One regret I have about my time in Vegas was that I wasn’t into photography and don’t have many pictures from my time there. It would have been a bit of a difficult time to take that on as a serious hobby. Good digital cameras were prohibitively expensive for me. I think the FinePix was about $500 which was quite spendy for a glorified point-and-shoot. At least for me. It did have some more advanced features which I never took advantage of.
I doubt I would have gotten into film photography at the time. It took some experience shooting digitally before I developed the confidence to shoot with film other than with cheap point-and-shoot cameras.
Anyway, it snowed in Vegas.
Other surprising things about Las Vegas: its elevation (2,000 feet) and the Spring Mountains to the west which were often covered with snow during the winter.
I did go back to Vegas with Holly in 2014 for the American Library Association conference, and I brought along my Canon EOS Rebel T3. Unfortunately, our visit coincided with one of those crazy hot streaks getting up to 119 one day. The only pictures I took with the Rebel T3 were of our first lunch that we got at Carlito’s Burrito and of the view from near our hotel, which was disappointing since I was eager to take more pictures on that return visit.
That snow in Vegas wasn’t the only snow I had seen while living out west.
My ex and I took a trip to Yosemite National Park in late May 2009. Little did we know when we planned the trip that there would still be snow. Luckily, we figured that out before we went there and packed accordingly. It wasn’t particularly cold or unpleasant, but there was still plenty of snow from previous storms.
The photos below were taken with the Fujifilm FinePix and, again, I can’t be sure who took which pictures.
Certainly, snow in Yosemite was lovely to look at, as was the snow on Spring Mountains. I guess snow on mountains = good. Snow on the city streets ≠ good since it quickly becomes a gray, slushy mess. Right before Holly and I moved to Philadelphia, we took a big trip which included Yosemite providing a nice do-over for the bad weather among other things.
That first trip to Yosemite was only 1 of 2 snow-adjacent vacation I have taken. My brother, Holly, and I took a trip to Montreal in 2018 over Thanksgiving. Although we knew it would be cold in Quebec that time of year, it was atypically cold and although we had fun overall, the cold and snow did undermine some of our enjoyment.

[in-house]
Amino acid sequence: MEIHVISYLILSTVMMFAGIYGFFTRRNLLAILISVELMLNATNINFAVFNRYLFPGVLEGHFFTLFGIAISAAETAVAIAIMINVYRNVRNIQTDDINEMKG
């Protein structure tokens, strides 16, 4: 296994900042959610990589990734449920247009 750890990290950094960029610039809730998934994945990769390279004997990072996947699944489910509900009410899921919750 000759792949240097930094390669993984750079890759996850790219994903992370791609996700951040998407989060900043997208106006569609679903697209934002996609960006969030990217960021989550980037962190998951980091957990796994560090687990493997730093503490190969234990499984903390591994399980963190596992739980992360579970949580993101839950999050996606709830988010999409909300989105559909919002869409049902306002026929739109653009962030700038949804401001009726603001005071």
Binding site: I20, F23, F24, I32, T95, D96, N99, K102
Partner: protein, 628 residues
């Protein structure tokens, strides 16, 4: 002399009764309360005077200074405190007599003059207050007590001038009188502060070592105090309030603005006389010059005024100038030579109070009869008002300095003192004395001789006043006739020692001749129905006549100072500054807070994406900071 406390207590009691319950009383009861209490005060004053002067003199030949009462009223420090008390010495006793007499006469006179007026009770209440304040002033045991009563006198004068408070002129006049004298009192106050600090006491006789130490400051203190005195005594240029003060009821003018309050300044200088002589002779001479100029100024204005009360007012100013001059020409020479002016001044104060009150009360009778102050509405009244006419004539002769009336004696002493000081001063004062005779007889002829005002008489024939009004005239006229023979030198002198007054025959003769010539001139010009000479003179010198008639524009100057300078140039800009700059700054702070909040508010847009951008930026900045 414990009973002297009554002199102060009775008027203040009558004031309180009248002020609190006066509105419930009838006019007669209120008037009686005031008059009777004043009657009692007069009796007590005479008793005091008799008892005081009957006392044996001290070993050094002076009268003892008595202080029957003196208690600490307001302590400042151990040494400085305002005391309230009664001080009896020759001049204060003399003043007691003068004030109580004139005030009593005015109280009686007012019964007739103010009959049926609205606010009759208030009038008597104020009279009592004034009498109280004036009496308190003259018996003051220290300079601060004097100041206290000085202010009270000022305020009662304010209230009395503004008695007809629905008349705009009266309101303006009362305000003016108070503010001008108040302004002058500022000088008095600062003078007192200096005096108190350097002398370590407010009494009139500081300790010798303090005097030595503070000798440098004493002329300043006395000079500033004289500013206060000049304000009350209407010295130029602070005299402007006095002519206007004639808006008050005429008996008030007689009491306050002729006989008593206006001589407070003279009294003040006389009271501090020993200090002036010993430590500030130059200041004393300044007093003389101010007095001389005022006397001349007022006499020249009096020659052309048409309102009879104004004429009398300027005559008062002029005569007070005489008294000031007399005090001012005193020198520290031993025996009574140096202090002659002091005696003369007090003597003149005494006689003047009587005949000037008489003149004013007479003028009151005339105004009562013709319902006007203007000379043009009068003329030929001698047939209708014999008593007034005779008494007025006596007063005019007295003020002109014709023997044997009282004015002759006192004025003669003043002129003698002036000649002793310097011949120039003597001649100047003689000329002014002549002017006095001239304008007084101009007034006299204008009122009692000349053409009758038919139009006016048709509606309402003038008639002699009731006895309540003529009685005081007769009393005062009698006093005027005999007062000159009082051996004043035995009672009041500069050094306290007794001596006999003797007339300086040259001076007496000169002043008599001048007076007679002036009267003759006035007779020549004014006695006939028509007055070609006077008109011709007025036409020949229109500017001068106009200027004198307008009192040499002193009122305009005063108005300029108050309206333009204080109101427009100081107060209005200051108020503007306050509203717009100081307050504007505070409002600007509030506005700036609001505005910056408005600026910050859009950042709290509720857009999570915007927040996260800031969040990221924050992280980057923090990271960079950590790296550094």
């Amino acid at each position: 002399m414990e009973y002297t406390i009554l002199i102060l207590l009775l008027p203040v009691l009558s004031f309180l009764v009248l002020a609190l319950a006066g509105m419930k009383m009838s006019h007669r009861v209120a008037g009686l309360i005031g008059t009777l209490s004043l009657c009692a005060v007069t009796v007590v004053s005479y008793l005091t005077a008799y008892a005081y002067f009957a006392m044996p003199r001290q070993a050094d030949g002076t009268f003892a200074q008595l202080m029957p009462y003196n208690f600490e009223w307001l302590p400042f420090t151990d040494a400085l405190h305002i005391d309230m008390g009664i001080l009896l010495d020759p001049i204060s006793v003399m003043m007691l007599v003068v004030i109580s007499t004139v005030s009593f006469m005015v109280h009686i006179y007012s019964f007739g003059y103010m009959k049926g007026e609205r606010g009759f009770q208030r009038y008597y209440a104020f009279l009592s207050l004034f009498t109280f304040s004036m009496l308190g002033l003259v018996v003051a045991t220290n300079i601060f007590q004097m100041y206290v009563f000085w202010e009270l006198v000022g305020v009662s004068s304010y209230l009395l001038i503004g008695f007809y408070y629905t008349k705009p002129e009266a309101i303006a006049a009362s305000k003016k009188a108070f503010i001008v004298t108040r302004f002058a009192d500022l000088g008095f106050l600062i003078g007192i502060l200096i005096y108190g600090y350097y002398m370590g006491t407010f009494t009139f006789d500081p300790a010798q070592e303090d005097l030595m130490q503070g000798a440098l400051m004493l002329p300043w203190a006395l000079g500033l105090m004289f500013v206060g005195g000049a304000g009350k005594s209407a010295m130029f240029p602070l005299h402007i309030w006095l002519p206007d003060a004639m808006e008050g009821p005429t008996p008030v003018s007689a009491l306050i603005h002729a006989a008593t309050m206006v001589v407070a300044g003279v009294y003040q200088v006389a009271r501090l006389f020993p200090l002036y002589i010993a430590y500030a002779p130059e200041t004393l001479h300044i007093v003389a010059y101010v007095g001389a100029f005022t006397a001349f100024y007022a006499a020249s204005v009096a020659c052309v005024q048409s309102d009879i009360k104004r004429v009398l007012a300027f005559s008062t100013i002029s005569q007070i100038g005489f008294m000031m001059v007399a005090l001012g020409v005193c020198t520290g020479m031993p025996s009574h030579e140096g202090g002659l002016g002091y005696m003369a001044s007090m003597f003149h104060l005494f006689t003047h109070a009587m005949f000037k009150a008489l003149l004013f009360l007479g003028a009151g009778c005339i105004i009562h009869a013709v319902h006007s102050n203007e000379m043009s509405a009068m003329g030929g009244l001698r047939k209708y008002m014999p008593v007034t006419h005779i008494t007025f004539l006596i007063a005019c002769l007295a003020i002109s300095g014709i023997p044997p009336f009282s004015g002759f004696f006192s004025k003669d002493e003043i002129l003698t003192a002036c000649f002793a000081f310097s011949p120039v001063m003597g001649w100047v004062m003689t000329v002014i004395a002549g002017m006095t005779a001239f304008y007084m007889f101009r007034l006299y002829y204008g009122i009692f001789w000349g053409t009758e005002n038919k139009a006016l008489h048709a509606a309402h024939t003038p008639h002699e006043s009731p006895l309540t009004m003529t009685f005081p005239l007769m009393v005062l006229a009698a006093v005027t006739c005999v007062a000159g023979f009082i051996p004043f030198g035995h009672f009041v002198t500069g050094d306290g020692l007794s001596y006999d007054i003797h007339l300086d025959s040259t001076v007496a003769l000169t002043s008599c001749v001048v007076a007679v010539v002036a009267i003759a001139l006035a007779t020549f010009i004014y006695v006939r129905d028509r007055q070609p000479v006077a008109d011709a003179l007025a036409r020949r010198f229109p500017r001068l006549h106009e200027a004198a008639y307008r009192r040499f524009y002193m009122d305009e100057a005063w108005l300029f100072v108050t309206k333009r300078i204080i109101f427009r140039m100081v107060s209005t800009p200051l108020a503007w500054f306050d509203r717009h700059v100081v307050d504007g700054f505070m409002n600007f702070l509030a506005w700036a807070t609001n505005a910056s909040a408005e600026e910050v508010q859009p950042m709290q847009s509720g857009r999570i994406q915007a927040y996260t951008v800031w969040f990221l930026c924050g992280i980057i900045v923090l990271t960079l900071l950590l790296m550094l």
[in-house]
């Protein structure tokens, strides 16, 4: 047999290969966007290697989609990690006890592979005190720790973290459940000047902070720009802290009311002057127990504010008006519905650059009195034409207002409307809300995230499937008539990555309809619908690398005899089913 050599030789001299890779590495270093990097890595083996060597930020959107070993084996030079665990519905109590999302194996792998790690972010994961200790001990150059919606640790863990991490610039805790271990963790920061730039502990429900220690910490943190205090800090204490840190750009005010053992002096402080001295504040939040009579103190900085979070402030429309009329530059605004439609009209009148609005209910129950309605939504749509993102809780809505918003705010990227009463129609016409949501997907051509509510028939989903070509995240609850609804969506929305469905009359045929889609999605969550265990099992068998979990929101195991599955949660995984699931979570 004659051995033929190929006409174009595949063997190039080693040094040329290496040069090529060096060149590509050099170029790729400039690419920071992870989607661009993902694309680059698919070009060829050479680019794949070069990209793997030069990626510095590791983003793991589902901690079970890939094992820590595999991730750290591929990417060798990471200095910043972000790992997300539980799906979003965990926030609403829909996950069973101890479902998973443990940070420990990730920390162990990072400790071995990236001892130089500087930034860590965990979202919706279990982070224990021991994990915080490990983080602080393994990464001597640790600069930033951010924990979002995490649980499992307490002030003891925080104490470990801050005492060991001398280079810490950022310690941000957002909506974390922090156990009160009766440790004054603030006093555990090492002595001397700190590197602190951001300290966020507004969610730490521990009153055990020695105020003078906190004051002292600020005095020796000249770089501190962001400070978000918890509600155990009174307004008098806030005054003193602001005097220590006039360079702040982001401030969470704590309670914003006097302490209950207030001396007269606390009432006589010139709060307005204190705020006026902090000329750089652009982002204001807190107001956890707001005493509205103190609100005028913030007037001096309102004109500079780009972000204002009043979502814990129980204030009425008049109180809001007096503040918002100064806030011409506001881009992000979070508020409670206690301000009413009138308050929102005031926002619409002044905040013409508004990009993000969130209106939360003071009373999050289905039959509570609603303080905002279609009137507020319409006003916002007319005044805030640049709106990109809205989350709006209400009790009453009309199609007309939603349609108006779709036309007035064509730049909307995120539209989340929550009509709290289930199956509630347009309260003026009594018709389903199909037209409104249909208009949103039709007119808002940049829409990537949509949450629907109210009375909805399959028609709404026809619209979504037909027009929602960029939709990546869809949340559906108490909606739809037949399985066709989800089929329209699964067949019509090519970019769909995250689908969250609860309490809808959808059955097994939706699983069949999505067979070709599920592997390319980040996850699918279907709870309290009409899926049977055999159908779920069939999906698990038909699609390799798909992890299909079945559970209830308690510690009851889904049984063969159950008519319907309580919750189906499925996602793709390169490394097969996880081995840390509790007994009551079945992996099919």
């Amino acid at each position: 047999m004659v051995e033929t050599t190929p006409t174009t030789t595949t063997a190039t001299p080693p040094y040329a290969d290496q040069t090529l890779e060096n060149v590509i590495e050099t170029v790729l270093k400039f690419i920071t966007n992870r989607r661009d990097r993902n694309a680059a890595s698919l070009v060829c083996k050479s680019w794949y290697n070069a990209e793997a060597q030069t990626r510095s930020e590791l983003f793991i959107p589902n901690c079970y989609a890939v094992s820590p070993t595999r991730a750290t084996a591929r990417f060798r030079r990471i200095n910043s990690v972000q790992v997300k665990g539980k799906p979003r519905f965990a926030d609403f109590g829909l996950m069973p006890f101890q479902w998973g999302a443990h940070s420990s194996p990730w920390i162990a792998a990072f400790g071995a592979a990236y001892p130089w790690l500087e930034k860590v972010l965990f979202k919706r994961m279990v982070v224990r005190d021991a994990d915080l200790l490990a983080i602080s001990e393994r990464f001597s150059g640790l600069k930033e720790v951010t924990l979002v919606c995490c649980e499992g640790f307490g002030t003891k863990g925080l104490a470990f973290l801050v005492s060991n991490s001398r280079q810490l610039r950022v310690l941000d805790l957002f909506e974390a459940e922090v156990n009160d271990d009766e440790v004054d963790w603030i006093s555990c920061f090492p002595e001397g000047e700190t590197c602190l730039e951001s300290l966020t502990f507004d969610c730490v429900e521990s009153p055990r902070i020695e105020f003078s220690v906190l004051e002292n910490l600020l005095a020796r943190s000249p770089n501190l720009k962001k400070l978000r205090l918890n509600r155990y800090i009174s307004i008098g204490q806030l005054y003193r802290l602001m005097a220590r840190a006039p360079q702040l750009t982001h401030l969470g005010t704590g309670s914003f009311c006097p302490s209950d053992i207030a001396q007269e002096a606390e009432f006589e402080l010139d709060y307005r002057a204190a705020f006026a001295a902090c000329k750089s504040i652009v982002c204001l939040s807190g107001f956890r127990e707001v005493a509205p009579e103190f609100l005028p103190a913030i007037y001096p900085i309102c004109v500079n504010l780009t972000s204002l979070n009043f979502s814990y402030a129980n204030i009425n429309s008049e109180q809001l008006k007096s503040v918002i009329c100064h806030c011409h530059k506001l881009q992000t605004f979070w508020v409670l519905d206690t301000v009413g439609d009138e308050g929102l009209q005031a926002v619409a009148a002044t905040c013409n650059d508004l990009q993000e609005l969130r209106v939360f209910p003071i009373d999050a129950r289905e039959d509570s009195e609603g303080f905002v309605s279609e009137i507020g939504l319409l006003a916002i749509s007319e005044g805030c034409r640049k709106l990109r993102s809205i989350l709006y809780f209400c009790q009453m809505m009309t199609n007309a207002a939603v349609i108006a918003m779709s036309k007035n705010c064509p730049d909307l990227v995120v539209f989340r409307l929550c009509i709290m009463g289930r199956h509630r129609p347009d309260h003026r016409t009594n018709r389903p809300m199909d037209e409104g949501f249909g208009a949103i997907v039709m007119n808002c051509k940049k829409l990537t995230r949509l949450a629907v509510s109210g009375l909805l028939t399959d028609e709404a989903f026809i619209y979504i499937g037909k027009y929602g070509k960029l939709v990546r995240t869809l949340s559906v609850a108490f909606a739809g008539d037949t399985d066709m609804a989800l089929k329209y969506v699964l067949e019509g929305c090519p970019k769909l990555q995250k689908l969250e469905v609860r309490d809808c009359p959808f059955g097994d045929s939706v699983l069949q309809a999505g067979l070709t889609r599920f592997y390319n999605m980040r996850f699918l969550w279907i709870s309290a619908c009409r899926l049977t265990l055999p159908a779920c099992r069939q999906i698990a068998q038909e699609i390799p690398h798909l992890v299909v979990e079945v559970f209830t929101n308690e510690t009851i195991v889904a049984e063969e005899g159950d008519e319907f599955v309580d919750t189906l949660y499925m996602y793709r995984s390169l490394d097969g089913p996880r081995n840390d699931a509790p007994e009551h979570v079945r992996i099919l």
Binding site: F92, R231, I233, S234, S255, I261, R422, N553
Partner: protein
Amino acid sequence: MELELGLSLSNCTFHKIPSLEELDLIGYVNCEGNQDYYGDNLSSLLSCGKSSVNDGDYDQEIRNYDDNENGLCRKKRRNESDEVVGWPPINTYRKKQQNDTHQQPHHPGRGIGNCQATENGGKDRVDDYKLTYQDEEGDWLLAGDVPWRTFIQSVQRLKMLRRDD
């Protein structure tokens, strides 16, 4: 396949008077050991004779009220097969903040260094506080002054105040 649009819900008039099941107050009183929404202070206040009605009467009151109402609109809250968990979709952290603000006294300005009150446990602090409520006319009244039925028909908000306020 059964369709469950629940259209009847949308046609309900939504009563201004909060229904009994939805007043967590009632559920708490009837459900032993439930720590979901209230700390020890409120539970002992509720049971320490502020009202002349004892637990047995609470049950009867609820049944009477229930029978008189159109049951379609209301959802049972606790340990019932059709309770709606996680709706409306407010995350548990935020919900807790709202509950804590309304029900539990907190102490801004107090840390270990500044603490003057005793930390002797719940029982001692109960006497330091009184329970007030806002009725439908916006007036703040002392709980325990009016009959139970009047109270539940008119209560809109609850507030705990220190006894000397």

My feelings about snow probably began changing in the mid-90s.
A friend of my bother’s got married mid-March 1993. It’s not uncommon for Philadelphia to get some snow in March but it’s not often severe and usually doesn’t last since the weather is starting to warm.
Unfortunately, that wasn’t the case the weekend of the wedding. We got a foot of snow and a lot of sleet. The wedding proceeded, but a lot of people, myself included, did not attend.
By 1996, I owned a house. I was still early in my library career but, luckily, not in a position where I had to be the one making decisions or having to go in because that January, we got the biggest snowfall in Philadelphia’s history: 31 inches.
That was probably not only the beginning of the end of my enjoyment of snow but also of my interest in owning a house. When I moved to Vegas in 2007, I declared that I was never going to mow a lawn or shovel snow again, and I have mostly been able to live up to that. During one visit to see my family in Philadelphia in 2010, it snowed and I helped shovel, but I think that might have been the only exception. So it’s been a good decade since I last shoveled snow and closing in on 14 years since I mowed a lawn.
In 1996, not only did we have to shovel our steps, walkway, and sidewalk, which, granted, was not a lot of real estate, but we also had to help shovel the common driveway that ran behind our block of houses, which was a lot of real estate. When there’s 31 inches of snow, a little real estate goes a long way.
I have some photos for shoveling that day. I’m not sure what kind of crappy point-and-shoot my ex and I had at the time, and I’m also note sure who took which pictures, except, of course, the ones I’m in.
Perhaps the biggest contributing factor to my dwindling patience with snow and cold weather in general is getting older. The cold affects me more than it used to.
I moved back to Philadelphia in my early 40s. Between quickly acclimating to the warmer climate of Las Vegas and hitting middle age, my tolerance for the cold had waned.
Although I’m glad I don’t have to drag myself to work this winter (and thankful, in general, I can work from home), the combination of not wanting to go out in the cold and wanting to be cautious about the pandemic has led to a lot of staying in.
I am very much looking forward to spring and to getting outside more often. I hope some pleasant spring days will help hold me over until Holly and I win the lottery and retire early in Carmel-by-the-Sea and never see snow again.